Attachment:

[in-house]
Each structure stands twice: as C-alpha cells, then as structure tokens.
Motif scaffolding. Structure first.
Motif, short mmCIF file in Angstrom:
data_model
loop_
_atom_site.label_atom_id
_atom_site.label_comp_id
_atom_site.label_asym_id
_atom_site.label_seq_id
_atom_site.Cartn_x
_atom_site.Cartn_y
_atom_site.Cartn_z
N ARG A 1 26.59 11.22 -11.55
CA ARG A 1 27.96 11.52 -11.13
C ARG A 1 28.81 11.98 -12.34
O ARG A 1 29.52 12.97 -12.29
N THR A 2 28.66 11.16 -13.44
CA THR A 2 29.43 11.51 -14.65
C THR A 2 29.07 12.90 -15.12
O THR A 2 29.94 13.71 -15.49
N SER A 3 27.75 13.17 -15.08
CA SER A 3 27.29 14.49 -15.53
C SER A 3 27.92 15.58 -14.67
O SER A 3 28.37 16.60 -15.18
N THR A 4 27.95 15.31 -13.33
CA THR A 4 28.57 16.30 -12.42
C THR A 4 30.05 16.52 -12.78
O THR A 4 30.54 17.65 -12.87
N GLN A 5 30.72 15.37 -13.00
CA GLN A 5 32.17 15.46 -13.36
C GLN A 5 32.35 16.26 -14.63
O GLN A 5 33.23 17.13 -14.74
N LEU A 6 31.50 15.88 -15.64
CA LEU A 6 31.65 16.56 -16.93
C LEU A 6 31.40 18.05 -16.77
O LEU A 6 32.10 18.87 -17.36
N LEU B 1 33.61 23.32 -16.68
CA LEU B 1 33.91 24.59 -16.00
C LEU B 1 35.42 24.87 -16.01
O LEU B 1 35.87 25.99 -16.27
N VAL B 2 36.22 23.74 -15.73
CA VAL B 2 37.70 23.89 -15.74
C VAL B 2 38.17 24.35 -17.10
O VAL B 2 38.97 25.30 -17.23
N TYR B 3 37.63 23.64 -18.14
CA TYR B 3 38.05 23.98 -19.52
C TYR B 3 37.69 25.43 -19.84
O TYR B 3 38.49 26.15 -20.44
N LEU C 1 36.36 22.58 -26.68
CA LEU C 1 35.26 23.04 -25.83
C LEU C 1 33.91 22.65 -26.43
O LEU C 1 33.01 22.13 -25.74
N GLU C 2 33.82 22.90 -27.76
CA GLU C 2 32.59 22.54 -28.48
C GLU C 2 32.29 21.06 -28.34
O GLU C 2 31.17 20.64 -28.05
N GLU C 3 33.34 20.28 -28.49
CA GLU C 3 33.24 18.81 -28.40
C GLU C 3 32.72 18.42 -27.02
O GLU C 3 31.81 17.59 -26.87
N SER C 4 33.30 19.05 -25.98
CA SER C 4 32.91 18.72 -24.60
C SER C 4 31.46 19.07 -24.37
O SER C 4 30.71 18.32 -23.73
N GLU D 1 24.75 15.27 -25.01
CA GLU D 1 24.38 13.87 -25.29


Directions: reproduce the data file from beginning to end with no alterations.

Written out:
[in-house]
Each structure stands twice: as C-alpha cells, then as structure tokens.
Motif scaffolding. Structure first.
Motif, short mmCIF file in Angstrom:
data_model
loop_
_atom_site.label_atom_id
_atom_site.label_comp_id
_atom_site.label_asym_id
_atom_site.label_seq_id
_atom_site.Cartn_x
_atom_site.Cartn_y
_atom_site.Cartn_z
N ARG A 1 26.59 11.22 -11.55
CA ARG A 1 27.96 11.52 -11.13
C ARG A 1 28.81 11.98 -12.34
O ARG A 1 29.52 12.97 -12.29
N THR A 2 28.66 11.16 -13.44
CA THR A 2 29.43 11.51 -14.65
C THR A 2 29.07 12.90 -15.12
O THR A 2 29.94 13.71 -15.49
N SER A 3 27.75 13.17 -15.08
CA SER A 3 27.29 14.49 -15.53
C SER A 3 27.92 15.58 -14.67
O SER A 3 28.37 16.60 -15.18
N THR A 4 27.95 15.31 -13.33
CA THR A 4 28.57 16.30 -12.42
C THR A 4 30.05 16.52 -12.78
O THR A 4 30.54 17.65 -12.87
N GLN A 5 30.72 15.37 -13.00
CA GLN A 5 32.17 15.46 -13.36
C GLN A 5 32.35 16.26 -14.63
O GLN A 5 33.23 17.13 -14.74
N LEU A 6 31.50 15.88 -15.64
CA LEU A 6 31.65 16.56 -16.93
C LEU A 6 31.40 18.05 -16.77
O LEU A 6 32.10 18.87 -17.36
N LEU B 1 33.61 23.32 -16.68
CA LEU B 1 33.91 24.59 -16.00
C LEU B 1 35.42 24.87 -16.01
O LEU B 1 35.87 25.99 -16.27
N VAL B 2 36.22 23.74 -15.73
CA VAL B 2 37.70 23.89 -15.74
C VAL B 2 38.17 24.35 -17.10
O VAL B 2 38.97 25.30 -17.23
N TYR B 3 37.63 23.64 -18.14
CA TYR B 3 38.05 23.98 -19.52
C TYR B 3 37.69 25.43 -19.84
O TYR B 3 38.49 26.15 -20.44
N LEU C 1 36.36 22.58 -26.68
CA LEU C 1 35.26 23.04 -25.83
C LEU C 1 33.91 22.65 -26.43
O LEU C 1 33.01 22.13 -25.74
N GLU C 2 33.82 22.90 -27.76
CA GLU C 2 32.59 22.54 -28.48
C GLU C 2 32.29 21.06 -28.34
O GLU C 2 31.17 20.64 -28.05
N GLU C 3 33.34 20.28 -28.49
CA GLU C 3 33.24 18.81 -28.40
C GLU C 3 32.72 18.42 -27.02
O GLU C 3 31.81 17.59 -26.87
N SER C 4 33.30 19.05 -25.98
CA SER C 4 32.91 18.72 -24.60
C SER C 4 31.46 19.07 -24.37
O SER C 4 30.71 18.32 -23.73
N GLU D 1 24.75 15.27 -25.01
CA GLU D 1 24.38 13.87 -25.29